Los Angeles County deputies and firefighters have been accused by Ms Bryant of wrongdoing over their response to the deadly helicopter crash that killed her husband and 13-year-old daughter Gianna in 2020.
Wiping away tears on Wednesday, the late NBA star’s wife told a Los Angeles court that pictures were taken of the crash site and shared between unauthorised people "for a laugh", in what her lawyers have called an invasion of privacy.
With the trial set to continue, here is everything you need to know:
What happened in the helicopter crash that killed Bryant?
On 26 January 2020, the 41-year-old NBA star was killed along with his 13-year-old daughter Gianna when their chartered helicopter crashed in the Calabasas hills west of Los Angeles.
Weather conditions were foggy when the crash occurred and safety officials afterwards blamed pilot error. Seven others were killed in the crash, including the pilot.
The helicopter had been en route to a girl’s basketball tournament.
Who is involved in the case?
Ms Bryant brought the invasion of privacy case against Los Angeles County along with Chris Chester, the husband and father of two other helicopter crash victims, the Associated Press reported.
The lawsuit, which was filed in September 2020, seeks unspecified millions in damages from the county, which has already agreed to pay $2.5m in a similar case brought by two families of victims who died in the helicopter crash.
On Wednesday, a jury was chosen in the case, which, according to CNN, included six women and four men, whose backgrounds include a nun, a restaurant host, and a TV news producer.
The trial is expected to last two weeks, with opening arguments laid out by both sides on the first day.
What are county officials accused of?
Ms Bryant has accused deputies and firefighters of taking pictures of the crash scene and her dead husband’s corpse on their mobile phones, which she alleges were shared amongst county officials for no official purpose, reported The Guardian.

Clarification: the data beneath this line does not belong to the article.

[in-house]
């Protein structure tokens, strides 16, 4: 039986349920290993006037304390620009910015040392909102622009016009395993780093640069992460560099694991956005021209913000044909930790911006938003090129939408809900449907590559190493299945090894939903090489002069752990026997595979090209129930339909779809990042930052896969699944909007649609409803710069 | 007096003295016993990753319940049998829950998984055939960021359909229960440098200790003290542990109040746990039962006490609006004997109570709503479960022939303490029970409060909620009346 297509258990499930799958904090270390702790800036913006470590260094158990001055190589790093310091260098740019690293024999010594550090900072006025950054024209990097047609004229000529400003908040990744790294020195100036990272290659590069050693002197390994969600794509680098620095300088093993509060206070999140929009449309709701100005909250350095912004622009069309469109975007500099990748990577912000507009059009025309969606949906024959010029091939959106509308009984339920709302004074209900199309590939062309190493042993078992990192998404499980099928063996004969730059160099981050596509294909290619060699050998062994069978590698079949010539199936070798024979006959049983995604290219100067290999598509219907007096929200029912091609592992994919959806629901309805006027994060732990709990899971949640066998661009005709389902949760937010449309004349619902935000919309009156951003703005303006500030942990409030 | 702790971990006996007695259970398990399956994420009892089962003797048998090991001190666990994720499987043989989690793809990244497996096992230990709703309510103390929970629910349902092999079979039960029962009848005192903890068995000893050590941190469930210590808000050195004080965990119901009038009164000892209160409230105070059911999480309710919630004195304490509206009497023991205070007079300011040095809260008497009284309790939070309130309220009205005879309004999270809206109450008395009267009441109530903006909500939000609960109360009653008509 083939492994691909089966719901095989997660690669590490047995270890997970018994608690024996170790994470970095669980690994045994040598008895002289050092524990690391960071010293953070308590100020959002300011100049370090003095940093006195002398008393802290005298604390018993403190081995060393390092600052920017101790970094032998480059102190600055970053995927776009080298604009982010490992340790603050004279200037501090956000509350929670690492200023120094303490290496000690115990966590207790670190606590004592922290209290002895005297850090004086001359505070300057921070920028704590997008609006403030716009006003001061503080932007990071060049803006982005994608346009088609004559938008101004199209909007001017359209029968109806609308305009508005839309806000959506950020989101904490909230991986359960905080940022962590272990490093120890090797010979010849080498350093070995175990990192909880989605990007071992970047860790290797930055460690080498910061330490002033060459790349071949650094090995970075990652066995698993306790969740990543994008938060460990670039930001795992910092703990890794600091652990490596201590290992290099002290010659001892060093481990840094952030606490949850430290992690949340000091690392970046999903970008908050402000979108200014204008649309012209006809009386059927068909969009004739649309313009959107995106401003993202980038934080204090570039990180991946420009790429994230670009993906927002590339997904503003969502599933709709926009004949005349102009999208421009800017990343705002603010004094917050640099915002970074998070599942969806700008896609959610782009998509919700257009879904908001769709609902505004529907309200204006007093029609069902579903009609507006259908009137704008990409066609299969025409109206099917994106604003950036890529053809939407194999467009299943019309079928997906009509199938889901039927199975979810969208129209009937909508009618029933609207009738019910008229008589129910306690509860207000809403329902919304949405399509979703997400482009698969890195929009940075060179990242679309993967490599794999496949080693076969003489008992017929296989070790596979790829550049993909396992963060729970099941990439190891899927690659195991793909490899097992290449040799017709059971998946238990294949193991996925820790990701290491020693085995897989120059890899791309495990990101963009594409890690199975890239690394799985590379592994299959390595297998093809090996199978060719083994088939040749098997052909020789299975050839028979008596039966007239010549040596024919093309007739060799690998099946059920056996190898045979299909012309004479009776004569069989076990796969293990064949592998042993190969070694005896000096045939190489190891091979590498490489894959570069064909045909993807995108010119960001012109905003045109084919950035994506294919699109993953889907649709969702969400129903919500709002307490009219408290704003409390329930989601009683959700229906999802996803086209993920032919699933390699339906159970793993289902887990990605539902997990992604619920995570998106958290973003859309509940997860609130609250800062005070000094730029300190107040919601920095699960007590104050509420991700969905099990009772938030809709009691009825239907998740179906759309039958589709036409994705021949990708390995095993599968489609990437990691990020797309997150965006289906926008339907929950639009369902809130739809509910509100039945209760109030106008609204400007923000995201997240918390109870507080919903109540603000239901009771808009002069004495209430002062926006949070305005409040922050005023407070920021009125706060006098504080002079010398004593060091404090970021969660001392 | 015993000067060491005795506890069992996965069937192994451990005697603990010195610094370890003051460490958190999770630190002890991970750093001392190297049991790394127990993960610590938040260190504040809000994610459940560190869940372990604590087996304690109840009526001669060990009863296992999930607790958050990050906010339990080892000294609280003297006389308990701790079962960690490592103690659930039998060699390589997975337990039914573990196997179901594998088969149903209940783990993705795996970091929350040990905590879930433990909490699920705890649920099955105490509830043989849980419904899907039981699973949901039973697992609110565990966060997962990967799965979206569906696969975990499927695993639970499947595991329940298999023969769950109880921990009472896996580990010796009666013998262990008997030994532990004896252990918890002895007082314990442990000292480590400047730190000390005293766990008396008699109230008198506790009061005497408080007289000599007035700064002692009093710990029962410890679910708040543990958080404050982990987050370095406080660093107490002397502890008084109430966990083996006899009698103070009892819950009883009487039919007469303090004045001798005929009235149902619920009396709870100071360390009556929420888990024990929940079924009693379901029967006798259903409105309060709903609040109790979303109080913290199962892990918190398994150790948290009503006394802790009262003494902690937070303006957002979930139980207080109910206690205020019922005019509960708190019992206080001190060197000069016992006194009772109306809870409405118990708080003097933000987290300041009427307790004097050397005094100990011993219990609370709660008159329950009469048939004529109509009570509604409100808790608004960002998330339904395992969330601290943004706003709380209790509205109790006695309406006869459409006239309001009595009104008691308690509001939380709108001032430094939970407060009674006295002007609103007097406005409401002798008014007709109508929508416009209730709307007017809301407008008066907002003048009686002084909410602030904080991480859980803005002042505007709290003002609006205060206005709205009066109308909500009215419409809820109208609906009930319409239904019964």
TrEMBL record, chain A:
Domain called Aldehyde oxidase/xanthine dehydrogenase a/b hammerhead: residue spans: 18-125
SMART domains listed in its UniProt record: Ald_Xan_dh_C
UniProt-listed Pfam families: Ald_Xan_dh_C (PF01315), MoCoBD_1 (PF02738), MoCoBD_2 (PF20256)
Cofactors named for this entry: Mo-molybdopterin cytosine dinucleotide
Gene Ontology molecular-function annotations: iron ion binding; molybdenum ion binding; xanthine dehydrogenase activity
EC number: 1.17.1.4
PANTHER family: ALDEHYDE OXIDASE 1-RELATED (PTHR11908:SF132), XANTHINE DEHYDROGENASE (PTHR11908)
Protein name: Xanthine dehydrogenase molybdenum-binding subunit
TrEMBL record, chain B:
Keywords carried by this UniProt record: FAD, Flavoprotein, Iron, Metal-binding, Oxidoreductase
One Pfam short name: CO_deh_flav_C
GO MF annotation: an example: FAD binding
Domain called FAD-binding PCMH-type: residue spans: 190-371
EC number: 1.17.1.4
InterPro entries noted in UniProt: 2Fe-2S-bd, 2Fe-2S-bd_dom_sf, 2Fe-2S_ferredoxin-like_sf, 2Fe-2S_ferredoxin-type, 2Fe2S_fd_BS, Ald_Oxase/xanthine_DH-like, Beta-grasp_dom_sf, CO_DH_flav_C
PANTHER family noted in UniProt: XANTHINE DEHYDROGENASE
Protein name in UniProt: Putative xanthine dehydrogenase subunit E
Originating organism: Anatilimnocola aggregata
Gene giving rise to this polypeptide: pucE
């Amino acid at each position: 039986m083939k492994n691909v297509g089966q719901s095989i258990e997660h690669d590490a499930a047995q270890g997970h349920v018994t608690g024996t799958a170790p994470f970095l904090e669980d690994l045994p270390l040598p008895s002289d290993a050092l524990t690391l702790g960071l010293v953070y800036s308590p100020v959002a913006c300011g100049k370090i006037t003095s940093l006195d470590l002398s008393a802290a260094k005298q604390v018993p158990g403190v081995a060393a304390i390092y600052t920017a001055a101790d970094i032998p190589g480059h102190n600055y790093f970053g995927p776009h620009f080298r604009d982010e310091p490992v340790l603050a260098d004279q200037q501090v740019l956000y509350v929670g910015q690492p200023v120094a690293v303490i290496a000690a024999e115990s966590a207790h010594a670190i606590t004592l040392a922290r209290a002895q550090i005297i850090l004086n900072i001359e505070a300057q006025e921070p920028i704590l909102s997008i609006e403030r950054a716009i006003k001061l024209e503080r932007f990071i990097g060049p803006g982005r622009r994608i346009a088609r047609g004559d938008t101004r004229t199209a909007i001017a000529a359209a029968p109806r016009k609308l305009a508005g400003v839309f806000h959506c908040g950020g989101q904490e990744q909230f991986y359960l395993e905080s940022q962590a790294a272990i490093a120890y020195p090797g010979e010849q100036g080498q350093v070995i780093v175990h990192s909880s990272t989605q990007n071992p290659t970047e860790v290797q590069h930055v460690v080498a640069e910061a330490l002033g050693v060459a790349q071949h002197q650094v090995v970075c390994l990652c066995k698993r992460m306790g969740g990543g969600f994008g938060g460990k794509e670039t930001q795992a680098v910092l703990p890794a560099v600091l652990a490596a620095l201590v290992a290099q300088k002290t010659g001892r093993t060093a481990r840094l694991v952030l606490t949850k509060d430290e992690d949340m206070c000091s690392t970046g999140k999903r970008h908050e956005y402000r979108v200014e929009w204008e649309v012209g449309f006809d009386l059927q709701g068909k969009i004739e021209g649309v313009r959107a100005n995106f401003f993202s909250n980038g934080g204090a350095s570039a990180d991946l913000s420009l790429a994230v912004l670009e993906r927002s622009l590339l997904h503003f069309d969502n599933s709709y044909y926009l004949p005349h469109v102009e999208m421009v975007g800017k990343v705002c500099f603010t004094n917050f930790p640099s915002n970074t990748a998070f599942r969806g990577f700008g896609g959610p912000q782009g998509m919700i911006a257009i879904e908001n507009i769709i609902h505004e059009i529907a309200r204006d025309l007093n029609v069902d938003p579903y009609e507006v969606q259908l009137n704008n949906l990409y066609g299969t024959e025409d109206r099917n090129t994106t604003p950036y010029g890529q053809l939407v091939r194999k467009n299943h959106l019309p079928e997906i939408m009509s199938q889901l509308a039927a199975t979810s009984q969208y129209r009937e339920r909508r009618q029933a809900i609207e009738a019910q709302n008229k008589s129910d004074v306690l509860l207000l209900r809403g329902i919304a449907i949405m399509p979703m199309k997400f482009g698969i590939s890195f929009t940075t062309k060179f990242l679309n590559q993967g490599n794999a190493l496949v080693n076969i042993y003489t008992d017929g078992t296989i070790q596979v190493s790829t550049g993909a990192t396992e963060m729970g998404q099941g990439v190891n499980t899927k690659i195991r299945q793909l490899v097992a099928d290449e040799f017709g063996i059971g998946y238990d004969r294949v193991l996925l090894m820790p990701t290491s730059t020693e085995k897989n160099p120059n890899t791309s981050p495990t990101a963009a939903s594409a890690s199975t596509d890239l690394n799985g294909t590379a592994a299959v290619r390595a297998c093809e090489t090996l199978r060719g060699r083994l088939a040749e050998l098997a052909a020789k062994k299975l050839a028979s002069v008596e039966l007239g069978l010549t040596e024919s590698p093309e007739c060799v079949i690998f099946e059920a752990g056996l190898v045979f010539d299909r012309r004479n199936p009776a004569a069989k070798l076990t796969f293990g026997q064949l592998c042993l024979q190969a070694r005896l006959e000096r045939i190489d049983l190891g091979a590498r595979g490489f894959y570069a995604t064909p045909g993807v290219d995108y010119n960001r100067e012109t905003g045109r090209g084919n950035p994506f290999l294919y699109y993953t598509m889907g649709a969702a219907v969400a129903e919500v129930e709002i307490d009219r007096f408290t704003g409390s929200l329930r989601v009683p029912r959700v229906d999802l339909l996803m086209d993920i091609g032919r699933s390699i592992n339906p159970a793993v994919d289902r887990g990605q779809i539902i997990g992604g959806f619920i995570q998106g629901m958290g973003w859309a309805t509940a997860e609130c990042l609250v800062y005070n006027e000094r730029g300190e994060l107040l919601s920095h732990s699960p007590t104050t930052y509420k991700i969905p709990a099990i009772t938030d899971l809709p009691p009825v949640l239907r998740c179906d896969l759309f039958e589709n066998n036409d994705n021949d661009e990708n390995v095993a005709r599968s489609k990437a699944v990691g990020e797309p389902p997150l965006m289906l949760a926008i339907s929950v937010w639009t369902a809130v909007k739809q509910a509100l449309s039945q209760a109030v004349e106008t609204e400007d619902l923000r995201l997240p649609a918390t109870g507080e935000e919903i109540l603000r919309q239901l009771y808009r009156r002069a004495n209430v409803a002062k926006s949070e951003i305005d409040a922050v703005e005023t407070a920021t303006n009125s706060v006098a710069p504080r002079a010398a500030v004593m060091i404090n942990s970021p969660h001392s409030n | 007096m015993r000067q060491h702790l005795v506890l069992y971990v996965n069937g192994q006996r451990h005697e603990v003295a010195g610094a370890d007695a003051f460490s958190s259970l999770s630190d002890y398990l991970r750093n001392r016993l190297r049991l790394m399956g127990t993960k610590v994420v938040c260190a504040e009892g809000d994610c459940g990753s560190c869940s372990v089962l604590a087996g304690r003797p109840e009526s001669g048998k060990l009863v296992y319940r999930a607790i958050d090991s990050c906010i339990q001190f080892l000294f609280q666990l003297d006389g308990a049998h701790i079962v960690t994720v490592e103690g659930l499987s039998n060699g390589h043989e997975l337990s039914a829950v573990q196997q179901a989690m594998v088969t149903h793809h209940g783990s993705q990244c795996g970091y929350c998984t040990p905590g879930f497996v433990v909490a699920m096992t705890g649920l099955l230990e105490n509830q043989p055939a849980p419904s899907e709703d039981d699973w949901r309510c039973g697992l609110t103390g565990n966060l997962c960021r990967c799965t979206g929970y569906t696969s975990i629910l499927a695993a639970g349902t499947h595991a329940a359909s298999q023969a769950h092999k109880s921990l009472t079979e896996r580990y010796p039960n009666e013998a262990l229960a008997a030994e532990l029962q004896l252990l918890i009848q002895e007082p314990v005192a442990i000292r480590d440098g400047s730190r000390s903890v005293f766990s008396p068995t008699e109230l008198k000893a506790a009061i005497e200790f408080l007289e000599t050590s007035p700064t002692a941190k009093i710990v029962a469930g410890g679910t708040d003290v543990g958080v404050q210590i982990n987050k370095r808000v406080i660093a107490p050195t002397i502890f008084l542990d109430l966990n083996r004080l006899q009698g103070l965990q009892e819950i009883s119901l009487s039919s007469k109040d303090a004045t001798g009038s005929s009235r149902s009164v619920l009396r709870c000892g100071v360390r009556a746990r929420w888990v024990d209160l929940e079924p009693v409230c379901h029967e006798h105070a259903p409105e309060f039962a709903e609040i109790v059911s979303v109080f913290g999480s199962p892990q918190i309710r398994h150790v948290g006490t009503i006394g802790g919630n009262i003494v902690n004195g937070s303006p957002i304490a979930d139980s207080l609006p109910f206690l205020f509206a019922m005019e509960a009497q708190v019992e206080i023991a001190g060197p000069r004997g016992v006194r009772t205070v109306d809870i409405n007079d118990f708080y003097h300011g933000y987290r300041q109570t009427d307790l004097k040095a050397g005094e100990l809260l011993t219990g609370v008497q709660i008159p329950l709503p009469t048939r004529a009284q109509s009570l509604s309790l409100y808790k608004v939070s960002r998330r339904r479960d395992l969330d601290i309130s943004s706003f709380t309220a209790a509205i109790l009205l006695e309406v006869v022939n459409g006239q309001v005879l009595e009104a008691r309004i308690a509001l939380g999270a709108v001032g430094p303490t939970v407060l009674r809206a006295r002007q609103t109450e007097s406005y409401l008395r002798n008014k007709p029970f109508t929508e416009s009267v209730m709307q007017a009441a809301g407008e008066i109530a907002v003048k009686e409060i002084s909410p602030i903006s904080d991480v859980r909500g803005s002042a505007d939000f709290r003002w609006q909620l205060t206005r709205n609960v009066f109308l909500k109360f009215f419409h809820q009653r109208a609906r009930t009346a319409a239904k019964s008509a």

Because Ms Bryant learnt about the photos a month later via reporting in the Los Angeles Times, her lawyer Luis Li said her suffering was compounded.
Speaking on Wednesday at the beginning of the trial, Mr Li said the pictures were taken and shared "for a laugh" and had been "shared by deputies playing video games”.
"They were shared repeatedly with people who had absolutely no reason to receive them,” said Mr Li, who cited CCTV footage allegedly showing an off-duty sheriff’s deputy sharing images with a barman, who allegedly shook his head in dismay.
What has Los Angeles County said?
A lawyer for the county, Jennifer Mira Hashmall, said during her opening statement that “Site photography is essential” and denied claims that images of the helicopter crash site were taken for entertainment or personal use.
“They’re not online. They’re not in the media. They’ve never even been seen by the plaintiffs themselves,” said Ms Hashmall. “That is not an accident. That is a function of how diligent they were.”
She added that Los Angeles County Sheriff Alex Villanueva had ordered the pictures to be deleted immediately instead of conducting a months-long probe that could have worsened the situation for families of the crash victims.
Citing he off-duty deputy scene sharing images in a bar, Ms Hashmall admitted “that should not have happened” and added: "In a lapse, in a moment of weakness, he showed those photos, and he has regretted it every day of his life."
"There is no doubt these families have suffered," she told the court. "It’s unspeakable. But this case is not about the loss from the crash. It’s about the pictures."
Additional reporting by the Associated Press